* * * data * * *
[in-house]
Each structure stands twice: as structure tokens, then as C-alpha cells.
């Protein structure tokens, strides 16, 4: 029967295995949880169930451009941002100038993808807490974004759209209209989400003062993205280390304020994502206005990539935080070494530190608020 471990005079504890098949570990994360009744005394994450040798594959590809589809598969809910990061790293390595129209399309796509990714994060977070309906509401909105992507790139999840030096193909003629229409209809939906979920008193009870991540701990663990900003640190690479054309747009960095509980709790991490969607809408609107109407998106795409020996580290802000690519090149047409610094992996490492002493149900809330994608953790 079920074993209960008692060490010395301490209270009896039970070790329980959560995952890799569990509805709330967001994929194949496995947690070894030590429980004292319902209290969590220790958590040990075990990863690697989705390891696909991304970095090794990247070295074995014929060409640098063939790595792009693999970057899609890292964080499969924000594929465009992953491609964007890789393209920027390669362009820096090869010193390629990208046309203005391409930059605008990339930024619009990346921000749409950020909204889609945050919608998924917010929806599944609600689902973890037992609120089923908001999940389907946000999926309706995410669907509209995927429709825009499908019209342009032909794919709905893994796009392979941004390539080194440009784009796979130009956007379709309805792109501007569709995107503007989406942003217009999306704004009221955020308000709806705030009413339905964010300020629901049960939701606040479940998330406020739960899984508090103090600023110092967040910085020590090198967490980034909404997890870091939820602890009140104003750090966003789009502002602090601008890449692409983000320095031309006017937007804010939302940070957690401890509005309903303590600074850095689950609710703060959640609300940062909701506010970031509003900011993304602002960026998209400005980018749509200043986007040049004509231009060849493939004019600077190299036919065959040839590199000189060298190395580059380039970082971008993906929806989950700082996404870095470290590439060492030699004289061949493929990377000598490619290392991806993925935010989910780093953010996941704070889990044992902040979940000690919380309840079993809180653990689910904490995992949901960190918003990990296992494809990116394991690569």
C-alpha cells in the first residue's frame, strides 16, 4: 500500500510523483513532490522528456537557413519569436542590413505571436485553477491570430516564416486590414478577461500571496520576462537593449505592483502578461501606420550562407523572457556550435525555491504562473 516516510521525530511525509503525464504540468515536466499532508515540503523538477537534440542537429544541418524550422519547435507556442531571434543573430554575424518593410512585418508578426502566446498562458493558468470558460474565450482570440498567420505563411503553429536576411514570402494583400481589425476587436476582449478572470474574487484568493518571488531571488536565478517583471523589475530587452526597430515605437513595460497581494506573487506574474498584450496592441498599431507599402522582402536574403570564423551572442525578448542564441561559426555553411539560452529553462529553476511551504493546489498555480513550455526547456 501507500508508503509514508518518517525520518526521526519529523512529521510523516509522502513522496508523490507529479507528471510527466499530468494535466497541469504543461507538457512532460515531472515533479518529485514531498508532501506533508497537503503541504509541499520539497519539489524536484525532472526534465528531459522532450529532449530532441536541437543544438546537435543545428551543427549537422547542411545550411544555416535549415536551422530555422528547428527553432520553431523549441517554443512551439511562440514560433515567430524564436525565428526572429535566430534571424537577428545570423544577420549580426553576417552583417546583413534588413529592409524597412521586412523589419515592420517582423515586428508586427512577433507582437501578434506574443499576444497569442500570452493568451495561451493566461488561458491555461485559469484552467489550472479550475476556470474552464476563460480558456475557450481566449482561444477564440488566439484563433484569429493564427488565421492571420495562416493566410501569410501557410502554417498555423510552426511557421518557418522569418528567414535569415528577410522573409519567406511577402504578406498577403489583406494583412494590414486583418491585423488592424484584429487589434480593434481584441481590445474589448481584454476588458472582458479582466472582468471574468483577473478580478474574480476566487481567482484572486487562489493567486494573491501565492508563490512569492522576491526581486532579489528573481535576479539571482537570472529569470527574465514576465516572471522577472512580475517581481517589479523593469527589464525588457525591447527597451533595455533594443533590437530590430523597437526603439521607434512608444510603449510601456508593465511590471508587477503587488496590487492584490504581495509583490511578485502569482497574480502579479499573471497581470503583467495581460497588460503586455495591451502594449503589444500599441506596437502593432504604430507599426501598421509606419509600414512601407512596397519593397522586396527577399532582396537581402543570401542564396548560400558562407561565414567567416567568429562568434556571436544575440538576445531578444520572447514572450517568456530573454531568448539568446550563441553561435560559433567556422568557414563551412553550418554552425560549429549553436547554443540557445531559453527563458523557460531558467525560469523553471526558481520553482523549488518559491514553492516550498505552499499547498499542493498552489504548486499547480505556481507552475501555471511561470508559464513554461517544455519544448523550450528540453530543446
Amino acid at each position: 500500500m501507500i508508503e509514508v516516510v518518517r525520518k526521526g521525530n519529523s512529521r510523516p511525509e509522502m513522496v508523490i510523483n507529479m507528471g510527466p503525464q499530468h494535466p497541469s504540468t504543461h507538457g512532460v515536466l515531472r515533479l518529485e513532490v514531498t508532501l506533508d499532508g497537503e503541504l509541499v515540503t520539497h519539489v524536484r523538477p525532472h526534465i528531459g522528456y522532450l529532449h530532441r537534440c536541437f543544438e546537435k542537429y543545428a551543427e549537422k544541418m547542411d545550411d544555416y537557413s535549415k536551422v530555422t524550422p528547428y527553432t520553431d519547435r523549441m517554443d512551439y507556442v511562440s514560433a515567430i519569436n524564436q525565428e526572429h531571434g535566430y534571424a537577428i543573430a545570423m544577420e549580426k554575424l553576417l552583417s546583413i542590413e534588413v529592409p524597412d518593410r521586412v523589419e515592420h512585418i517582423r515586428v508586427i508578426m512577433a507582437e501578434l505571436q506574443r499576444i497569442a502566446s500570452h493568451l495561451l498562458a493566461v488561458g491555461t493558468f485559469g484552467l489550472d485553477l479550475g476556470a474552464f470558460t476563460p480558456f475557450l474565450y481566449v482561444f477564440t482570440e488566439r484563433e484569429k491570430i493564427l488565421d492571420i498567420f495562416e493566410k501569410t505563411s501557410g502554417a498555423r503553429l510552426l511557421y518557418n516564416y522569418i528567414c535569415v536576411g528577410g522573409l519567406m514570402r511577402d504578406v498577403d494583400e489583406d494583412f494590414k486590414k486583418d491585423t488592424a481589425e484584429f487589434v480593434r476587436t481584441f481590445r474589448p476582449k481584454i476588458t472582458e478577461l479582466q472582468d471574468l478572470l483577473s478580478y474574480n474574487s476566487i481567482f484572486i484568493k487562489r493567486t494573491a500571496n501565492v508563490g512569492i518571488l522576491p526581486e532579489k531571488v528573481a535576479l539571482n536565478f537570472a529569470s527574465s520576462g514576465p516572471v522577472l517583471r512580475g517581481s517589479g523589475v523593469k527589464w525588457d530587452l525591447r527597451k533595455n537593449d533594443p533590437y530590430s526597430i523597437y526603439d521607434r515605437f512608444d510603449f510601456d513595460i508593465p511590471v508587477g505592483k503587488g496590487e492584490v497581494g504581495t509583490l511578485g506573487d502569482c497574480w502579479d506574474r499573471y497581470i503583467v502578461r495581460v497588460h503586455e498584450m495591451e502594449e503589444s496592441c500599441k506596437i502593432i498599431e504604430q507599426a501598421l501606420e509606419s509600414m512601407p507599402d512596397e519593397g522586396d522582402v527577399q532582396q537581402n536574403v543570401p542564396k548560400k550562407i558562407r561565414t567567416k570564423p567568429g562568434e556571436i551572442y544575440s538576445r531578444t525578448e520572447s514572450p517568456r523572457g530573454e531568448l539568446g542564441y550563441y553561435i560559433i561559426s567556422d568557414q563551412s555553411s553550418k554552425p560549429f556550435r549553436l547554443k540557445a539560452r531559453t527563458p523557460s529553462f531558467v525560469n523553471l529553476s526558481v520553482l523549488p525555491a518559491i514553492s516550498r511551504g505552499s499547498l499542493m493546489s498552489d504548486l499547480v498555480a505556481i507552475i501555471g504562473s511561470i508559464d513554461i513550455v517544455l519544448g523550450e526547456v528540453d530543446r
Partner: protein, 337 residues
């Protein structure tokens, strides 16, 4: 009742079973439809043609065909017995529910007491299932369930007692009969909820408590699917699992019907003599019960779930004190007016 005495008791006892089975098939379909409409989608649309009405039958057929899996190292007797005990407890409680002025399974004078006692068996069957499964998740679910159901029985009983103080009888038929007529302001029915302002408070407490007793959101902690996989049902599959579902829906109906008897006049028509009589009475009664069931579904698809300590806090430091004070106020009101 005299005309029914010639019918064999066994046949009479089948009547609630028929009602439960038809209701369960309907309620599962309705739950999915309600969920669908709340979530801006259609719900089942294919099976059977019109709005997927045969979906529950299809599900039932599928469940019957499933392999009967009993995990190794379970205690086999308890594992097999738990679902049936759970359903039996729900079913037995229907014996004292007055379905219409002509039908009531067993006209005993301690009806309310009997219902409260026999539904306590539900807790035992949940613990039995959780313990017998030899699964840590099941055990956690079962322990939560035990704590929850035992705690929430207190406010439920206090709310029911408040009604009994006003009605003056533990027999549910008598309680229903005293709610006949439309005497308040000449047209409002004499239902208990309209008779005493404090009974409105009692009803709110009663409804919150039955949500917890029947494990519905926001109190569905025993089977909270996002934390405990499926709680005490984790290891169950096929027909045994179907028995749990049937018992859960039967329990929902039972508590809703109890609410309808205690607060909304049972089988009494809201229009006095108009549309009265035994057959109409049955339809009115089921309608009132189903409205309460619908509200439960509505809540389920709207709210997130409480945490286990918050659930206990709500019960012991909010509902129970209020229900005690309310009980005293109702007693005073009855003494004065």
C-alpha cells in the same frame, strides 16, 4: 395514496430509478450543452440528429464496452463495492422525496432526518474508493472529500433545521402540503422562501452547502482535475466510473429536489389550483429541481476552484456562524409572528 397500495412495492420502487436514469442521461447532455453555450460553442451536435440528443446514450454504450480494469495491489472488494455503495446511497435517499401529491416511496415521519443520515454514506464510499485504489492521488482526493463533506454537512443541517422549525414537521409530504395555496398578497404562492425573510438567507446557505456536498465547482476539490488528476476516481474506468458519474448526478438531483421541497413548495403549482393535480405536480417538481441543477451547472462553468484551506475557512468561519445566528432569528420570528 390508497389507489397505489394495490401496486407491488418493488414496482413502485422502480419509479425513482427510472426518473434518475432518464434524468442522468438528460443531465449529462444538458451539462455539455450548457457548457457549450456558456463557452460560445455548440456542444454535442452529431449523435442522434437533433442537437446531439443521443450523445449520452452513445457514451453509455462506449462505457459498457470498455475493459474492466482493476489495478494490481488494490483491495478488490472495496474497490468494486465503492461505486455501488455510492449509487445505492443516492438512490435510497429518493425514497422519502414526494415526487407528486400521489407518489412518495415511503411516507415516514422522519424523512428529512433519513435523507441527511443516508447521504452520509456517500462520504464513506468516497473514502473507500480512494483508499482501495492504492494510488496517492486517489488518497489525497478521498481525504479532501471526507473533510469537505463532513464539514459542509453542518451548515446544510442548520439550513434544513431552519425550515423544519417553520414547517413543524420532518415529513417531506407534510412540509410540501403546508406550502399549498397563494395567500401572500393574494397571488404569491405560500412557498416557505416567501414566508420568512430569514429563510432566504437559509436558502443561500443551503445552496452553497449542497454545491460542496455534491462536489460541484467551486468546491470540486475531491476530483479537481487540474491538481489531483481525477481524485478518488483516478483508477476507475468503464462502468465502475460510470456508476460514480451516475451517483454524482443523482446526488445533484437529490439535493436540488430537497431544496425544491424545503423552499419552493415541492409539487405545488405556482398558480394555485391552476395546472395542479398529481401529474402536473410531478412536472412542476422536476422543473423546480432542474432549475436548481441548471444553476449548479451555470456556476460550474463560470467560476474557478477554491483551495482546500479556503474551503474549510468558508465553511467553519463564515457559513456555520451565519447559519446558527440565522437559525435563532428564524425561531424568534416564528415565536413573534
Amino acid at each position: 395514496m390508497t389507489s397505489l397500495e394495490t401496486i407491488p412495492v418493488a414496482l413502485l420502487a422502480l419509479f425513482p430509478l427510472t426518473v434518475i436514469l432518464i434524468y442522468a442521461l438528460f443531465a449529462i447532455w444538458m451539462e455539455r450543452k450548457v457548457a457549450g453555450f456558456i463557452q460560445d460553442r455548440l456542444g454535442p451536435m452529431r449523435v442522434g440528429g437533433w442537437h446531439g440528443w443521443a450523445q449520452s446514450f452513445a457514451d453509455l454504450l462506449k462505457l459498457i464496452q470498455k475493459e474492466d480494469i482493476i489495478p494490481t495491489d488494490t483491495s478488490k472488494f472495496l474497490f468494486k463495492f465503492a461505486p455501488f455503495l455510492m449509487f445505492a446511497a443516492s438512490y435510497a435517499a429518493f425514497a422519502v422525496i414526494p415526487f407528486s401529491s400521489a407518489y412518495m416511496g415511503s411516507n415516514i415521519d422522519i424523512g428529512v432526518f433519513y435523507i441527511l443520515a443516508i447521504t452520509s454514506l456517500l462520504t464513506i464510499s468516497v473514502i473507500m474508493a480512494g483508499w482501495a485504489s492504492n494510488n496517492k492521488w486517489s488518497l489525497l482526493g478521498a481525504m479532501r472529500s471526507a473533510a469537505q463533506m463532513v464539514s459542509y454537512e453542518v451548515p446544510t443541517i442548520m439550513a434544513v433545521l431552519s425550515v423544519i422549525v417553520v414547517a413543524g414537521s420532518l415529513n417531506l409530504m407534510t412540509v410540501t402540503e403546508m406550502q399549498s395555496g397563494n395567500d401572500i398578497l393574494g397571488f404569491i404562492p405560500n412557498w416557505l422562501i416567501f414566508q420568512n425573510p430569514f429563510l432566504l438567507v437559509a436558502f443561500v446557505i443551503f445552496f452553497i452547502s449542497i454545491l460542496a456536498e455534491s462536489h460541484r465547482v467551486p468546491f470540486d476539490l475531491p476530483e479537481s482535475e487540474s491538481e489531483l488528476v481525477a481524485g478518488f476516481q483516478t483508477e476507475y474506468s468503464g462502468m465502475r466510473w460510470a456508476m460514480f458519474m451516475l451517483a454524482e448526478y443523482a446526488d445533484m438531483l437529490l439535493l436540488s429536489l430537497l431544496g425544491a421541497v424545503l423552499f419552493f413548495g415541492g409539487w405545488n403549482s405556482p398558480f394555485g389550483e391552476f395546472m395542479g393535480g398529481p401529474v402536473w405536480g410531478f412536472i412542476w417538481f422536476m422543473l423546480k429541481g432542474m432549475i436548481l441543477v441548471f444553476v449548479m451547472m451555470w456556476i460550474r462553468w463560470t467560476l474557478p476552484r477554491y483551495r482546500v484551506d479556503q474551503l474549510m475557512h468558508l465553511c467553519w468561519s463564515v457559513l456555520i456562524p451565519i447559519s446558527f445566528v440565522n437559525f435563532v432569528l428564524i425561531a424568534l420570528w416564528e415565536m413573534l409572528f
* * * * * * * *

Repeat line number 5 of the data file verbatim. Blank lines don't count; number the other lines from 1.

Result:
Amino acid at each position: 500500500m501507500i508508503e509514508v516516510v518518517r525520518k526521526g521525530n519529523s512529521r510523516p511525509e509522502m513522496v508523490i510523483n507529479m507528471g510527466p503525464q499530468h494535466p497541469s504540468t504543461h507538457g512532460v515536466l515531472r515533479l518529485e513532490v514531498t508532501l506533508d499532508g497537503e503541504l509541499v515540503t520539497h519539489v524536484r523538477p525532472h526534465i528531459g522528456y522532450l529532449h530532441r537534440c536541437f543544438e546537435k542537429y543545428a551543427e549537422k544541418m547542411d545550411d544555416y537557413s535549415k536551422v530555422t524550422p528547428y527553432t520553431d519547435r523549441m517554443d512551439y507556442v511562440s514560433a515567430i519569436n524564436q525565428e526572429h531571434g535566430y534571424a537577428i543573430a545570423m544577420e549580426k554575424l553576417l552583417s546583413i542590413e534588413v529592409p524597412d518593410r521586412v523589419e515592420h512585418i517582423r515586428v508586427i508578426m512577433a507582437e501578434l505571436q506574443r499576444i497569442a502566446s500570452h493568451l495561451l498562458a493566461v488561458g491555461t493558468f485559469g484552467l489550472d485553477l479550475g476556470a474552464f470558460t476563460p480558456f475557450l474565450y481566449v482561444f477564440t482570440e488566439r484563433e484569429k491570430i493564427l488565421d492571420i498567420f495562416e493566410k501569410t505563411s501557410g502554417a498555423r503553429l510552426l511557421y518557418n516564416y522569418i528567414c535569415v536576411g528577410g522573409l519567406m514570402r511577402d504578406v498577403d494583400e489583406d494583412f494590414k486590414k486583418d491585423t488592424a481589425e484584429f487589434v480593434r476587436t481584441f481590445r474589448p476582449k481584454i476588458t472582458e478577461l479582466q472582468d471574468l478572470l483577473s478580478y474574480n474574487s476566487i481567482f484572486i484568493k487562489r493567486t494573491a500571496n501565492v508563490g512569492i518571488l522576491p526581486e532579489k531571488v528573481a535576479l539571482n536565478f537570472a529569470s527574465s520576462g514576465p516572471v522577472l517583471r512580475g517581481s517589479g523589475v523593469k527589464w525588457d530587452l525591447r527597451k533595455n537593449d533594443p533590437y530590430s526597430i523597437y526603439d521607434r515605437f512608444d510603449f510601456d513595460i508593465p511590471v508587477g505592483k503587488g496590487e492584490v497581494g504581495t509583490l511578485g506573487d502569482c497574480w502579479d506574474r499573471y497581470i503583467v502578461r495581460v497588460h503586455e498584450m495591451e502594449e503589444s496592441c500599441k506596437i502593432i498599431e504604430q507599426a501598421l501606420e509606419s509600414m512601407p507599402d512596397e519593397g522586396d522582402v527577399q532582396q537581402n536574403v543570401p542564396k548560400k550562407i558562407r561565414t567567416k570564423p567568429g562568434e556571436i551572442y544575440s538576445r531578444t525578448e520572447s514572450p517568456r523572457g530573454e531568448l539568446g542564441y550563441y553561435i560559433i561559426s567556422d568557414q563551412s555553411s553550418k554552425p560549429f556550435r549553436l547554443k540557445a539560452r531559453t527563458p523557460s529553462f531558467v525560469n523553471l529553476s526558481v520553482l523549488p525555491a518559491i514553492s516550498r511551504g505552499s499547498l499542493m493546489s498552489d504548486l499547480v498555480a505556481i507552475i501555471g504562473s511561470i508559464d513554461i513550455v517544455l519544448g523550450e526547456v528540453d530543446r